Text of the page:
There is a long history of society tolerating and even encouraging what we would now call domestic violence. The first law in the United States about what we would now consider intimate partner violence said husbands shall not beat their wives—on Sunday. There is no equivalent support for wives assaulting or controlling their husbands. This history matters because even though laws have changed, many men continue to believe they are entitled to control and discipline their partners.
In one of the batterer classes I teach, a man proudly said that he was a wonderful husband because he let his wife pick out the furniture. I pointed out that the implication was that he, as the man is entitled to make the decisions, but he let his wife make this one decision. The man said I misunderstood and tried to rephrase his statement, but always said the same thing because that was his assumption as it is for many men. The other men in the class started to laugh as they understood and eventually he joined them. In our sexist society it is all too easy for men to be oblivious to their sense of entitlement and male superiority.
Men Rarely Live in Fear of Female Partners
Some flawed research is based on counting the hits. On the surface it seems like the men and women are doing the same thing, but the researchers miss the important differences. Men are generally bigger and stronger, hit harder and cause more serious injuries. Men hit women to control them and force them to do what he wants. Generally, women hit men in self-defense, as a way to make their abuser stop his abuse. However, there are exceptions to all of these points.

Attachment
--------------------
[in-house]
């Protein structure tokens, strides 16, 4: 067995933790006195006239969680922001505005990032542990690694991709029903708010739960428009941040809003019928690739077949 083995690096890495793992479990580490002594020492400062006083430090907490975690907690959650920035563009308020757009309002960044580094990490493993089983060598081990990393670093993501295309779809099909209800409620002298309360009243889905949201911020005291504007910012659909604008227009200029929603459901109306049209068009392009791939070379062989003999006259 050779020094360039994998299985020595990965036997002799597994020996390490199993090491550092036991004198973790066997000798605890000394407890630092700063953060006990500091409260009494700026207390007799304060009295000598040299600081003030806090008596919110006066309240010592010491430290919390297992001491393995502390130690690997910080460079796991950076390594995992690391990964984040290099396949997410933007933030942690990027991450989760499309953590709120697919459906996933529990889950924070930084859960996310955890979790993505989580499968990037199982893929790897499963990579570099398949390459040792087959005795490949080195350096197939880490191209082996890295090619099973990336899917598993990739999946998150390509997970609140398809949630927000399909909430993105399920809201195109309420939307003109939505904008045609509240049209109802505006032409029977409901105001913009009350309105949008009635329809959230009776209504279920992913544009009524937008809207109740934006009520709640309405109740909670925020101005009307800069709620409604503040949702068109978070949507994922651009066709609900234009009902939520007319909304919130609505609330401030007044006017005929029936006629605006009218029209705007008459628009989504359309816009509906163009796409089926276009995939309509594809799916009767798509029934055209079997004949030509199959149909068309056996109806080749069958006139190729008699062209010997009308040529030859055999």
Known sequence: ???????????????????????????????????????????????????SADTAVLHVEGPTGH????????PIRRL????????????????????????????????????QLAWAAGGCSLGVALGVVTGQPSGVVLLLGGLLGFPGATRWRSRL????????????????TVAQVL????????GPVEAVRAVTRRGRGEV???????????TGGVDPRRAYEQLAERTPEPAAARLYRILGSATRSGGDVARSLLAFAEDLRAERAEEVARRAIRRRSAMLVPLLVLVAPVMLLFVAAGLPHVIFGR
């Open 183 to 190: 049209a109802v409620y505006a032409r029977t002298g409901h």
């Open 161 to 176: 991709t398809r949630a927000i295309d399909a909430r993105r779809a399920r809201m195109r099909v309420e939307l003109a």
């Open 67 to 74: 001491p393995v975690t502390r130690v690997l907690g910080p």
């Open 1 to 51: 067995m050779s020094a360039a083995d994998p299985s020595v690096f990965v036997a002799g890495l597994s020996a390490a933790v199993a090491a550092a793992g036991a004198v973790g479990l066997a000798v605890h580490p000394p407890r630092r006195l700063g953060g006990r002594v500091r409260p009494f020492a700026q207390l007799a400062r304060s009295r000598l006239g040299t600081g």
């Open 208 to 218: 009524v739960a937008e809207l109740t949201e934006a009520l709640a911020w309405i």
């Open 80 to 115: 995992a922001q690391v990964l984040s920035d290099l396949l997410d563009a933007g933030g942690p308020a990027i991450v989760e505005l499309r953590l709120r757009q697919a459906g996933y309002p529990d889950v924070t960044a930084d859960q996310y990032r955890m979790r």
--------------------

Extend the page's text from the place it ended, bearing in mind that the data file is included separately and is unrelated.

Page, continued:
The bottom line is that many women live in fear of their partners but it is rare for the man to be afraid his female partner will kill or seriously injure him. This is significant because the ACE (Adverse Childhood Experiences) Studies found this fear leads to a lifetime of health and other problems.
I like to use statistics but research about the frequency of domestic violence is extremely problematic. Women seriously under report abuse and men exaggerate. Statistics about murders are more reliable because there is a body. Looking at statistics about murders, serious injuries or emergency room visits it is easy to see the huge discrepancy between abuse of women and men. I believe it is important to discuss this important issue based on reality instead of a false equivalency because how the issue is discussed effects how society responds to these crimes.
False Equivalency and Child Custody
Context is especially important to understand domestic violence custody cases. Most custody cases involve good parents who love their children and so the cases are settled more or less amicably. In most of these cases, the mother received custody because she has always provided most of the childcare. The fathers sacrifice their interests because they love their children. When people claim custody courts favor mothers because mothers most often gain custody, this is what they are referring to.
The problem in the custody court system is with the 3.8 percent of cases that go to trial and often far beyond. Court professionals often call them “high conflict” cases by which they mean the parents are angry at each other and act out in ways that hurt the children. In reality, a large majority are domestic violence cases in which the most dangerous abusers seek to manipulate court professionals to regain control over their victims. The abusers win 69 percent of domestic violence cases, 73 percent of abuse cases and 81 percent of sexual abuse cases. This is why experts understand family courts are strongly biased in favor of (abusive) fathers. This occurs despite research that established mothers make deliberate false reports less than 2% of the time. This means, in a large majority of cases, the courts are forcing children to live with abusers and rapists.
During the twentieth century, 40 states created court-sponsored gender bias committees. Although they used widely varying practices over many years, they found widespread gender bias particularly against female litigants. In custody disputes, mothers were given less credibility, a higher standard of proof and were blamed for the actions of their abusers. New research from Joan Meier confirms the courts continue to tolerate this gender bias.